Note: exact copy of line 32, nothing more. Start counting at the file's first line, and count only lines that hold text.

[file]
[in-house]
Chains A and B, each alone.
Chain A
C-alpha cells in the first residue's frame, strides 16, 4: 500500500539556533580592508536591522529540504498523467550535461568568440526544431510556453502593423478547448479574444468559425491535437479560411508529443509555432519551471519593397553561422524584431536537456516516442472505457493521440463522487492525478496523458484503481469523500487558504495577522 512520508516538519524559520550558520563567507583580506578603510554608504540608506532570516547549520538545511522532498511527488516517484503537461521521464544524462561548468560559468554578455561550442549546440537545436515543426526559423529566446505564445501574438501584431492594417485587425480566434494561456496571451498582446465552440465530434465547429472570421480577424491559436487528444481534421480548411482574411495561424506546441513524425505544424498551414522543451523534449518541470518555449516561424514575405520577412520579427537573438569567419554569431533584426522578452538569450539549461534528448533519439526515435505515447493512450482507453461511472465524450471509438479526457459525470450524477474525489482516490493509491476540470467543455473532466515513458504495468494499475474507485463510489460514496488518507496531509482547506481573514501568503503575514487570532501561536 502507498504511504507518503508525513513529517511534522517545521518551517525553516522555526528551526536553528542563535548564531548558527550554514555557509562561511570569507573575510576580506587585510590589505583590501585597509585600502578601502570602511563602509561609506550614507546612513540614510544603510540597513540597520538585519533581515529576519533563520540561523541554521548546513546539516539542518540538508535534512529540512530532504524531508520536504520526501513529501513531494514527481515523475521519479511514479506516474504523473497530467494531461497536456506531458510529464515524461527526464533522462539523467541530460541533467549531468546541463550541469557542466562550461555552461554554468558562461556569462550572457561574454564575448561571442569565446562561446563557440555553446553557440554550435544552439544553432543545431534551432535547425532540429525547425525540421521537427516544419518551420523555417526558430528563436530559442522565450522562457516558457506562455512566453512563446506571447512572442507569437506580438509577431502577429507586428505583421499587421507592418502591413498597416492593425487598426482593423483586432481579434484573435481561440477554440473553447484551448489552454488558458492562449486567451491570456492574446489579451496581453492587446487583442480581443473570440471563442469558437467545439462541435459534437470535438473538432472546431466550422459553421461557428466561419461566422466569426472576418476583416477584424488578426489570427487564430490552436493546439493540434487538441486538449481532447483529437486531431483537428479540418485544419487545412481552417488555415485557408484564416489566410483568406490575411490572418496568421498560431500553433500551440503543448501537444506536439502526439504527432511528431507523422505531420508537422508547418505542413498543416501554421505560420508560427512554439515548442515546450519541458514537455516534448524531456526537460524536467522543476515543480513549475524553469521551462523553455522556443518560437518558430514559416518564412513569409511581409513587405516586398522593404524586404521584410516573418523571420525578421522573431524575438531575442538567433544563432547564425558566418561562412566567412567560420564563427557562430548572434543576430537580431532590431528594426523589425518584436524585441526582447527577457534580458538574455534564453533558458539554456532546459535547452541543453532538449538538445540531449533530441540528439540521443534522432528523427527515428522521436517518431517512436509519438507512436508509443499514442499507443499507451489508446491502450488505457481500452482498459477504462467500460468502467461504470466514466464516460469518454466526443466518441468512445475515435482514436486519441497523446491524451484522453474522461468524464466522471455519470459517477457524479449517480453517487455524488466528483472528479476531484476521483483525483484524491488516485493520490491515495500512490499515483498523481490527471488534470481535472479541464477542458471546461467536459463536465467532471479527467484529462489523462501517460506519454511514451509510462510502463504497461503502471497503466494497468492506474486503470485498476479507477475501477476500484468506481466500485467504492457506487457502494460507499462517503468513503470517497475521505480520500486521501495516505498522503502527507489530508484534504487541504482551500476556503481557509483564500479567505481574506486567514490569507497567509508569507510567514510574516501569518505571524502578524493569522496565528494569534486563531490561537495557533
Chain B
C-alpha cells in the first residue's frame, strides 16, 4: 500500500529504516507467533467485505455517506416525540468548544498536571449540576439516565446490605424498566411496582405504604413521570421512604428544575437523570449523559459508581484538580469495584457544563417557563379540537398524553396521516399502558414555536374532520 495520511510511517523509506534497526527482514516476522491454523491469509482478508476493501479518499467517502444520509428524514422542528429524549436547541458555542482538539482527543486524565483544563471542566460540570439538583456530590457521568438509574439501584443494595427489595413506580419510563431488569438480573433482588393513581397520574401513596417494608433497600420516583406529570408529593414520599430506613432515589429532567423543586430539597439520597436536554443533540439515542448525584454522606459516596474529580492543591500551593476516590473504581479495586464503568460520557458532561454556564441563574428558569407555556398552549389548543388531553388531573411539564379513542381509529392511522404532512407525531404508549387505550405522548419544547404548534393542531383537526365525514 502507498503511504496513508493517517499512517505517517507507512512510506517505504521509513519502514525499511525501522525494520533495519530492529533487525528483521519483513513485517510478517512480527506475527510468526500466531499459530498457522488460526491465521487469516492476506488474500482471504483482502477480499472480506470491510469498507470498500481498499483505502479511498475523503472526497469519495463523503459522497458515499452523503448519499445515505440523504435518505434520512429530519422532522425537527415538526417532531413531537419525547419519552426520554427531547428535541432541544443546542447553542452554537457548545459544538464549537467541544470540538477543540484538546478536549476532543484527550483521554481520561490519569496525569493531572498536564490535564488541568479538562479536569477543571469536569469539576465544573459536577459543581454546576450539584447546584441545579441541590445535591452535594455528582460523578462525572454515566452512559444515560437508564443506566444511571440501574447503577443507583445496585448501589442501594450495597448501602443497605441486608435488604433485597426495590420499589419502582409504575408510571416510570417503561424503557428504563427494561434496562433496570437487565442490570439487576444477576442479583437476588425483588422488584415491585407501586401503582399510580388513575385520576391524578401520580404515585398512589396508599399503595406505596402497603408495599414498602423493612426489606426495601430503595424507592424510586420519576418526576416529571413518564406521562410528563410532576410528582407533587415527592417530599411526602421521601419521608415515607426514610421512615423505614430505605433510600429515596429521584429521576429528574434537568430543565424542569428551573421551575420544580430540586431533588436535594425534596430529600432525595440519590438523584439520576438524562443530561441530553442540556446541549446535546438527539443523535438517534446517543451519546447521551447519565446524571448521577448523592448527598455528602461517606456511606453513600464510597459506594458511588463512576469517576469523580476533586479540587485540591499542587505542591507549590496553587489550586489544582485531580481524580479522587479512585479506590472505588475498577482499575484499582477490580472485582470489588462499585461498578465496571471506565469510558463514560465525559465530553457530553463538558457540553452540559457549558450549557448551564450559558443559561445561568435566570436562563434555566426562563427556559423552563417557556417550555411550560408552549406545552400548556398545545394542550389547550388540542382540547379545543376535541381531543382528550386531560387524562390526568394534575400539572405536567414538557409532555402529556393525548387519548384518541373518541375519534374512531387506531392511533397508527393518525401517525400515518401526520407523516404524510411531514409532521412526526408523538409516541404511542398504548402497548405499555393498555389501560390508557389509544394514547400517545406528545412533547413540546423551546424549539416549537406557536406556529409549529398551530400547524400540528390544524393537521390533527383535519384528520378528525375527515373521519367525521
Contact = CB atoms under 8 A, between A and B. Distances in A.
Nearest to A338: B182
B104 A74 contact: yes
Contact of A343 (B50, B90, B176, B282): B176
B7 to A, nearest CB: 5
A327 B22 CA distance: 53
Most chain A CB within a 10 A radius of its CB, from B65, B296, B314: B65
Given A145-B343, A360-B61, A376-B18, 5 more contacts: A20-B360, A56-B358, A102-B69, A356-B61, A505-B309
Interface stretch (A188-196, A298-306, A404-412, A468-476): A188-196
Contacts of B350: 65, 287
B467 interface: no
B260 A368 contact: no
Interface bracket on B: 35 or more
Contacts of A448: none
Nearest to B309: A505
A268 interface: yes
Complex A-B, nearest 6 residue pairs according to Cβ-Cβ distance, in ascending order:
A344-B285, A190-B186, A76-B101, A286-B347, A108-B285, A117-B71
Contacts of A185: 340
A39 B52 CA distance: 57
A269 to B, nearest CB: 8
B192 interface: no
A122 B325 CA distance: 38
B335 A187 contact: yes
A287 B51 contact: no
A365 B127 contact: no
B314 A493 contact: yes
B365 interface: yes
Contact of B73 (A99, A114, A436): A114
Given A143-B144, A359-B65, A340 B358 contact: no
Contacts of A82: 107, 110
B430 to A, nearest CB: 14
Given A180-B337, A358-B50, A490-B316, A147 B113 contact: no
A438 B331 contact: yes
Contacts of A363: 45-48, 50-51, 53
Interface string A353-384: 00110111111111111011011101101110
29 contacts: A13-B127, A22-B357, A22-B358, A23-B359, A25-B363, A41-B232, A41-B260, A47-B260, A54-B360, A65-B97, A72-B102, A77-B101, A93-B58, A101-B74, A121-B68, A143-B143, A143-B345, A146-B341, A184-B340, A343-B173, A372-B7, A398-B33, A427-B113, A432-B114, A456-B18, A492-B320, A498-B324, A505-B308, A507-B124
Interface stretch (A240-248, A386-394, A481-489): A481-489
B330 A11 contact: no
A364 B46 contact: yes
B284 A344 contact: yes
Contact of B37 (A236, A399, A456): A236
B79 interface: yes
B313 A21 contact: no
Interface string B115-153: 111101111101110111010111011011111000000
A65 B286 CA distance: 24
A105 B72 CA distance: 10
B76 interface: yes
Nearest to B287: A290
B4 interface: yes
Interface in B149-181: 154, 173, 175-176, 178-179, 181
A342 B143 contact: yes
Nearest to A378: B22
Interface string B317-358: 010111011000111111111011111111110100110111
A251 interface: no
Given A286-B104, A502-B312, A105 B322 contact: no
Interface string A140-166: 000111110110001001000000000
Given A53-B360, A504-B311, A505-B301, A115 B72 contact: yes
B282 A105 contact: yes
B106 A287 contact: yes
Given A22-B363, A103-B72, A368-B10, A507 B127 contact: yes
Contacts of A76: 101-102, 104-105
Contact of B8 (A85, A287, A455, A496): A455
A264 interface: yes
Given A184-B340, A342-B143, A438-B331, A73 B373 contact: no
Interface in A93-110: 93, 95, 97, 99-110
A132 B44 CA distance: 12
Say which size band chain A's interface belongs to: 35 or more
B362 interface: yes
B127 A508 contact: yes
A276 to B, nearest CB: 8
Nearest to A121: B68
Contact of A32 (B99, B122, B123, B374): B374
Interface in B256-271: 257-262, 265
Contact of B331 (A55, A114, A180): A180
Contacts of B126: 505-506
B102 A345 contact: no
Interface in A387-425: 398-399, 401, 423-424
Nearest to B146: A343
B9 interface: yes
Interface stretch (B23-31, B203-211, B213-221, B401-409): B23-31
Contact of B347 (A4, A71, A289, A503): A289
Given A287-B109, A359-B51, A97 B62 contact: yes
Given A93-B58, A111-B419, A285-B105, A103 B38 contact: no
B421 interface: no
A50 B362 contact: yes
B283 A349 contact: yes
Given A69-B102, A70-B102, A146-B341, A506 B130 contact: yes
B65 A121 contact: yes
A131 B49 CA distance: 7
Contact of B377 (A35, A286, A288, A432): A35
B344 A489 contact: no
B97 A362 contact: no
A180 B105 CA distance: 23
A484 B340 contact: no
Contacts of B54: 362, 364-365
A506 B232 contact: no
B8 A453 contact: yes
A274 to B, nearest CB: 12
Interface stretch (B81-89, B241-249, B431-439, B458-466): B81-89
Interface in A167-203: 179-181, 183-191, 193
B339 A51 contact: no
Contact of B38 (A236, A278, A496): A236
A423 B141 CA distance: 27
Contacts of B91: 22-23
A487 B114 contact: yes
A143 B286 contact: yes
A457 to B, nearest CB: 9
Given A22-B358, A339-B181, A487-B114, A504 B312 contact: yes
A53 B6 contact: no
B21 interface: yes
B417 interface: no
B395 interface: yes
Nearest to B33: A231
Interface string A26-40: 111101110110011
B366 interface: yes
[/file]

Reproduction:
A365 B127 contact: no